In the United States:
CAVIAR EMPTOR URGES CITES TO MAINTAIN BAN ON CAVIAR IMPORTS
September 27, 2006 -- Caviar Emptor, a coalition of scientists and environmentalists working to save Caspian Sea sturgeons, today urged international trade officials to maintain the global ban on trade of wild caviar imposed in January.
Azerbaijan, Kazakhstan and Iran have said they would call for the Convention on International Trade in Endangered Species (CITES) to lift the current caviar trade ban at the 54th meeting of the CITES Standing Committee taking place from October 2nd to October 6th in Geneva.
Officials with Caviar Emptor will testify at the meeting in support of the ban and its continuation until sturgeon populations recover.
The ban on the 2006 caviar trade was imposed after Caspian countries failed to provide CITES with evidence that they have reduced fishing to sustainable levels. The caviar export quotas, the CITES Secretariat said in January, “must also make full allowance for the amount of fish caught illegally,” which in the past CITES has estimated to be three to five times that of the legal catch.
Next week’s annual policy meeting of CITES’ member nations comes at a time when scientists are increasingly concerned about the continuing decline of Caspian sturgeons, source of most of the world’s wild caviar. In September 2005, Science magazine reported that the most recent survey of the Caspian sturgeon population shows “sturgeon stocks are down 20% to 30% from last year,” according to Mohammad Pourkazemi, director of the International Sturgeon Research Institute in Iran.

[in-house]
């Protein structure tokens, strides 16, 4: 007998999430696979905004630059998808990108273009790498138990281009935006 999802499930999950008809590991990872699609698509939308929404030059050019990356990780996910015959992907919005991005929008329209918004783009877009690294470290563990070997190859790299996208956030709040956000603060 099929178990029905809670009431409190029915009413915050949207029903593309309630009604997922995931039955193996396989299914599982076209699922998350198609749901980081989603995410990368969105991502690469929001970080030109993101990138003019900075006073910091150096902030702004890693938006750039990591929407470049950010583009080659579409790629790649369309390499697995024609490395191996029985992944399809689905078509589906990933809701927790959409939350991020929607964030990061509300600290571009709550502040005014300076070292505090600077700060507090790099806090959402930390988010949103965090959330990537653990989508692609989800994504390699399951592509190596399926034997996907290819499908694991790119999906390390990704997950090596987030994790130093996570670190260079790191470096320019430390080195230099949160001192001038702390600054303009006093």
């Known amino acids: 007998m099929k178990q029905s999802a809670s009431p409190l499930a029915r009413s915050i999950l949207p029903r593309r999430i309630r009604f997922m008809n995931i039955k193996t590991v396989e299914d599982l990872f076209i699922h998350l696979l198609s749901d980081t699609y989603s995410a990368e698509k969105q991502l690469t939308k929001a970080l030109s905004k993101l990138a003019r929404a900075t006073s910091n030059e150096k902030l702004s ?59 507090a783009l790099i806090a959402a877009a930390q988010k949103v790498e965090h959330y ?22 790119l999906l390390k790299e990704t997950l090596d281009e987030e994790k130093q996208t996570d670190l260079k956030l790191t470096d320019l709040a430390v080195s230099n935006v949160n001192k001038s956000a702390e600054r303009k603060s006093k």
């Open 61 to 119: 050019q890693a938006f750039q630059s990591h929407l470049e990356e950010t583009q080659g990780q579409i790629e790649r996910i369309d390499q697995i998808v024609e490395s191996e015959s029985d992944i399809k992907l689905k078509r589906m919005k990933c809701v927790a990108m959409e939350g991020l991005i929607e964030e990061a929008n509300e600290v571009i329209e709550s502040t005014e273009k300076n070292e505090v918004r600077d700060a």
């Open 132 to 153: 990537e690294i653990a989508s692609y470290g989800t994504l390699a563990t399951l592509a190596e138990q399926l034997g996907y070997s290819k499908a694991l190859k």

Of particular worry is the beluga sturgeon, a slow-to-reproduce species that has declined by 90 percent in the past two decades due overfishing, pollution, habitat loss and poaching. Sturgeon scientists Drs. Ellen Pikitch and Phaedra Doukakis of the University of Miami’s Pew Institute for Ocean Science and Caviar Emptor, wrote recently in Fish and Fisheries journal about the status of Caspian beluga sturgeon, saying there were “dangerously small populations of beluga and harvest quotas equivalent to the removal of nearly all mature individuals.” They have called for a fishing moratorium on beluga sturgeon. Last year, after a petition by Caviar Emptor, the United States, once the world’s largest consumer of beluga caviar, banned imports following its decision to list beluga under the US Endangered Species Act and the failure of Caspian nations to submit adequate evidence that Caspian beluga populations were healthy and well managed.
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